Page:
Captain Care – keeping dogs out of the shelter system

A special, all-volunteer organization is hard at work to help low-income pet owners in Los Angeles County, California. The non-profit agency, Captain Care, does its utmost to keep pets at home with their family, rather than in the shelter system.

Phyllis, the non-profit agency’s director, explained how the community outreach organization came to be:

Captain Care was started a little over two years ago, named after Captain, an old, very ill lab mix who was left at the shelter suffering from cancer, unable to eat or drink.  He spent his last painful week alone, away from his family, alone and scared.  He should have been taken by his family to a vet for humane euthanasia when his painful cancer was untreatable.  Either the family did not have the money or did not want to spend the money for euthanasia, or they did not care that their old family pet suffered so much at the end.  We vowed to start an organization to address the needs of low-income pet owners to try to keep dogs like Captain out of the shelter system.

The Captain Care volunteers work to offer assistance for veterinary care, pet food, supplies, spay/neuter, identification tags, humane euthanasia (as an alternative to sending ailing, and/or elderly pets to an animal control agency where they are held and then put down), as well as assistance for low-income families who may need help with fines/fees for impounded pets.

Screenshot (869)The organization primary serves families in the Carson Animal Services facility area (Gardena, California). Individuals visiting the shelter facility will see signs posted about the outreach program, and there are also Captain Care cards on hand for staff to pass out to families who express a need for help.

Phyllis described the type of people Captain Care is able to help:

We often help seniors with their pets, and their lack of resources is heartbreaking. They often live on very small social security checks, just barely making it every month, yet their pets are well cared for and loved.

We help with vet care and pet food in cases like these. Their dog or cat is often what keeps them going in their lives. We are especially glad when we see children reunited with their pets, or when children see that taking care of their sick pet gets them well again.

It is a pleasure to work with and help people who really care about their pets and go to great lengths to make sure their pets get what they need to be happy and healthy.

The non-profit organization also helps families who are unable to pay for need veterinary treatment for their pets – Phyllis explained:

People often have been turned away by vets for lack of funds and are desperate to find a way to help their pets and save their lives.

I can’t imagine how terrible they feel watching their beloved family member suffer and not being able to afford vet care.  Often these families do not have credit cards to rely on, and are unable to pay their rent or buy food if they pay for the needed vet care.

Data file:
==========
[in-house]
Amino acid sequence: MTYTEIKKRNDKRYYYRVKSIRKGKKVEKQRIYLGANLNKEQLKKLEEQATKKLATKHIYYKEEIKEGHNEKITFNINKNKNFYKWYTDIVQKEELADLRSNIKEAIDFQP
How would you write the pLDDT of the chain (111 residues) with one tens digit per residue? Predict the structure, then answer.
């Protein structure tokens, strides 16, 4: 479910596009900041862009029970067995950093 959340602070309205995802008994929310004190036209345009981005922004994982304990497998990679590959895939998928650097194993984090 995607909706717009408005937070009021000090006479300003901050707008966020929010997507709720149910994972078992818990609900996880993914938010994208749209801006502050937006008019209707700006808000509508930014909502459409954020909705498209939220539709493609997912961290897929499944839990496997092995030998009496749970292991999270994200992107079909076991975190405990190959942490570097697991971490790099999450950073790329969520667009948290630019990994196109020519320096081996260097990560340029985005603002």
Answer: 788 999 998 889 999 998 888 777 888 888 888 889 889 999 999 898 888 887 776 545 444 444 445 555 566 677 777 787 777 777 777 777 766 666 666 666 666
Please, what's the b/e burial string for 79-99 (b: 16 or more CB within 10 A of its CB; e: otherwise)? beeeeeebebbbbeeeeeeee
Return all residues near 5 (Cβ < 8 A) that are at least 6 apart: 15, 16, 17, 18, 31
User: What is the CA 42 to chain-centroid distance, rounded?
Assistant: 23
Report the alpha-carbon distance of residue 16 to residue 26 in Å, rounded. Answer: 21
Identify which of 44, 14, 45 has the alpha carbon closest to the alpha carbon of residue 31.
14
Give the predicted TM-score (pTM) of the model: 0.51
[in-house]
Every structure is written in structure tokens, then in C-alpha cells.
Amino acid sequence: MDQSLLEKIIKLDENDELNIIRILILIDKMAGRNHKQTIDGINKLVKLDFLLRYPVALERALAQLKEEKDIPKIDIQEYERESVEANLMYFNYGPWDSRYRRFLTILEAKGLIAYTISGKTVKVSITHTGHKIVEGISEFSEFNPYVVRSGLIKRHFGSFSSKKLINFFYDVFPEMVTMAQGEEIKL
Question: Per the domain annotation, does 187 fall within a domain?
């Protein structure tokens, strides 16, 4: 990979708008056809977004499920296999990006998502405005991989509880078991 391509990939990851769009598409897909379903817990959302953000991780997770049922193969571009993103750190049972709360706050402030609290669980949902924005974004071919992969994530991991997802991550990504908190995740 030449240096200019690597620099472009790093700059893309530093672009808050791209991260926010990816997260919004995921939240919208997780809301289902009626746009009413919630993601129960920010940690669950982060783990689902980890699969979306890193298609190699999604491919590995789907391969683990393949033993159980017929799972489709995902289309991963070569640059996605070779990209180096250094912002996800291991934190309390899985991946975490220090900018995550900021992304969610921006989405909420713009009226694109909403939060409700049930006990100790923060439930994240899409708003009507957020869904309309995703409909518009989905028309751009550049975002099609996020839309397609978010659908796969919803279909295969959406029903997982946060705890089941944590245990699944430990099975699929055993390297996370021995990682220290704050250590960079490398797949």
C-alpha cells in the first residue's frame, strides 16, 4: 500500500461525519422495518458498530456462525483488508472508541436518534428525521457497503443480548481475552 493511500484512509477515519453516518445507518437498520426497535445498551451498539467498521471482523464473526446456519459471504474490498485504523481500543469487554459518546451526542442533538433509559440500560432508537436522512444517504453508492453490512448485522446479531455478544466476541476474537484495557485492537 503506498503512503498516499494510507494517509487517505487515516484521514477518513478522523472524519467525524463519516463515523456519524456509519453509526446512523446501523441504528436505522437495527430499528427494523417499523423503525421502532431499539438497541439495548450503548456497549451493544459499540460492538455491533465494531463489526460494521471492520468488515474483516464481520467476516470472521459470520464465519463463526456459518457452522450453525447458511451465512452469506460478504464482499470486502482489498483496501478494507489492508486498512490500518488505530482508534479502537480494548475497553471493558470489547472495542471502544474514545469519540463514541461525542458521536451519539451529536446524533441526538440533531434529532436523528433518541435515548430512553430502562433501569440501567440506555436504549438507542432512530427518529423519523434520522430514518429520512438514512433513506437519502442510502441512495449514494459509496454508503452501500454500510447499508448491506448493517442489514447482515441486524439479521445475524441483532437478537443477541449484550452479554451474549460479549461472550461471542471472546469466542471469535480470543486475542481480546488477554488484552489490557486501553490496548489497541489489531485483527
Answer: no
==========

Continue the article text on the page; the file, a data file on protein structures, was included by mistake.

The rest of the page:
We try to raise donations to supplement what the family can afford to pay, but we are never able to cover it all, and struggle to keep up with the vet bill payments, even though we have a very good, low-cost vet we work with.

Days ago, a Chihuahua named Tinkerbell was reunited with her owner thanks to Captain Care. The dog had been rescued from an abusive owner and she became deeply bonded to the new human “Dad,” who saved her. When Tinkerbell recently slipped out of her home, her owner found her at the Carson Shelter, but he was unable to pay the fees to have her released to his custody. Thanks to Captain Care, and generous donors, not only were those impound fees raised, but Tinkerbell received a shiny identification tag, along with supplies and toys, before being reunited with her grateful owner. 13872752_1235572886475657_6290315313635347231_n

The all-volunteer agency relies on donations to continue doing its good work. The agency is a registered 501(c)(3) nonprofit organization, so donations are tax deductible. Those interested in supporting the agency can lend a hand by sharing Facebook posts about dogs in need, or by donating pet supplies, such as food, crates, dog beds, collars, cat litter, leashes or other pet-related items. The group is also part of the Amazon Smile program – people can designate Captain Care Shelter Intervention as their charity when shopping through Amazon Smile and a small donation will be made to the organization.

Interested in learning more? Click here to find the Captain Care website. Click here to find the agency on Facebook. Email inquiries to  captaincare@sonic.net.

 

Penny Eims

Penny is a freelance writer who provided content to her National Dog News column at Examiner.com for 8 years. She is a current contributor to Fido Friendly Magazine, as well as a newly formed website, Pet Rescue Report. Penny is married and she has two rescued German shepherds and two kids.

2 comments

  1. As soon as I finish publishing this comments, I am going to dispurse connect to this post to all of my pals and household. I know a few of them will value the chance to find out more about this. A big thank you to the writer of this post! It’s terrific to check out some more valuable information regarding this subject.

  2. Bunny says:

    Given that the Carson Shelter is taxpayer funded, and one of the goals should be animal welfare, why does a resident have to turn to a nonprofit to pay exonerous “impound fees”? Taxpayers should be demanding better & more compassionate policies from municipal animal shelters.

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